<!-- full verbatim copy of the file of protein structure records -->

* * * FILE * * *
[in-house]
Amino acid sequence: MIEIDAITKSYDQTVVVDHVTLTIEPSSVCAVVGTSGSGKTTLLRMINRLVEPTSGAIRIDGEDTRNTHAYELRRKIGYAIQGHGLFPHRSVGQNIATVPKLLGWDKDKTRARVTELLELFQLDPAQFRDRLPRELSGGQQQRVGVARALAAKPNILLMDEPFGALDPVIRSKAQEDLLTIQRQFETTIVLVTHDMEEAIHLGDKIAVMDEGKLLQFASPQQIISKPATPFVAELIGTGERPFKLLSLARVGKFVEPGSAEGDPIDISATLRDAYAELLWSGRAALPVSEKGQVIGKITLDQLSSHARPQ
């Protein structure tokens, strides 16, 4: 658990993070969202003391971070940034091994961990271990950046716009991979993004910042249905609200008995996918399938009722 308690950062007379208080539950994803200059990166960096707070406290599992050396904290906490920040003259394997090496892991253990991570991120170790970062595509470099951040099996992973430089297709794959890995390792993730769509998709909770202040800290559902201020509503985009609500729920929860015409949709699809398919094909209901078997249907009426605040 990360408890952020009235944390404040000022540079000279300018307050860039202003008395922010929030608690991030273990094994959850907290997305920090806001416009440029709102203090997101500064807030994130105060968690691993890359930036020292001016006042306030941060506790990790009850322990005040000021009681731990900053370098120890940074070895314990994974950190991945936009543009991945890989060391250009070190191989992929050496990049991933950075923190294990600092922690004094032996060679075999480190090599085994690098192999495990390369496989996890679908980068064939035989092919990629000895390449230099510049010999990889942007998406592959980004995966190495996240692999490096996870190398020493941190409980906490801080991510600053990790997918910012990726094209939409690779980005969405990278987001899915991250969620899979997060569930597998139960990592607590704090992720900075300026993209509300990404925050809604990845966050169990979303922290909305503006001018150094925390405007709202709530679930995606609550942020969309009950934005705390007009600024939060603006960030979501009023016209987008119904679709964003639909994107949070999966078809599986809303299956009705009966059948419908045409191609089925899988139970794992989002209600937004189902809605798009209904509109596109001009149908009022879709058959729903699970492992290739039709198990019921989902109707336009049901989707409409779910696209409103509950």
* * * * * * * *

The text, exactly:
[in-house]
Amino acid sequence: MIEIDAITKSYDQTVVVDHVTLTIEPSSVCAVVGTSGSGKTTLLRMINRLVEPTSGAIRIDGEDTRNTHAYELRRKIGYAIQGHGLFPHRSVGQNIATVPKLLGWDKDKTRARVTELLELFQLDPAQFRDRLPRELSGGQQQRVGVARALAAKPNILLMDEPFGALDPVIRSKAQEDLLTIQRQFETTIVLVTHDMEEAIHLGDKIAVMDEGKLLQFASPQQIISKPATPFVAELIGTGERPFKLLSLARVGKFVEPGSAEGDPIDISATLRDAYAELLWSGRAALPVSEKGQVIGKITLDQLSSHARPQ
């Protein structure tokens, strides 16, 4: 658990993070969202003391971070940034091994961990271990950046716009991979993004910042249905609200008995996918399938009722 308690950062007379208080539950994803200059990166960096707070406290599992050396904290906490920040003259394997090496892991253990991570991120170790970062595509470099951040099996992973430089297709794959890995390792993730769509998709909770202040800290559902201020509503985009609500729920929860015409949709699809398919094909209901078997249907009426605040 990360408890952020009235944390404040000022540079000279300018307050860039202003008395922010929030608690991030273990094994959850907290997305920090806001416009440029709102203090997101500064807030994130105060968690691993890359930036020292001016006042306030941060506790990790009850322990005040000021009681731990900053370098120890940074070895314990994974950190991945936009543009991945890989060391250009070190191989992929050496990049991933950075923190294990600092922690004094032996060679075999480190090599085994690098192999495990390369496989996890679908980068064939035989092919990629000895390449230099510049010999990889942007998406592959980004995966190495996240692999490096996870190398020493941190409980906490801080991510600053990790997918910012990726094209939409690779980005969405990278987001899915991250969620899979997060569930597998139960990592607590704090992720900075300026993209509300990404925050809604990845966050169990979303922290909305503006001018150094925390405007709202709530679930995606609550942020969309009950934005705390007009600024939060603006960030979501009023016209987008119904679709964003639909994107949070999966078809599986809303299956009705009966059948419908045409191609089925899988139970794992989002209600937004189902809605798009209904509109596109001009149908009022879709058959729903699970492992290739039709198990019921989902109707336009049901989707409409779910696209409103509950």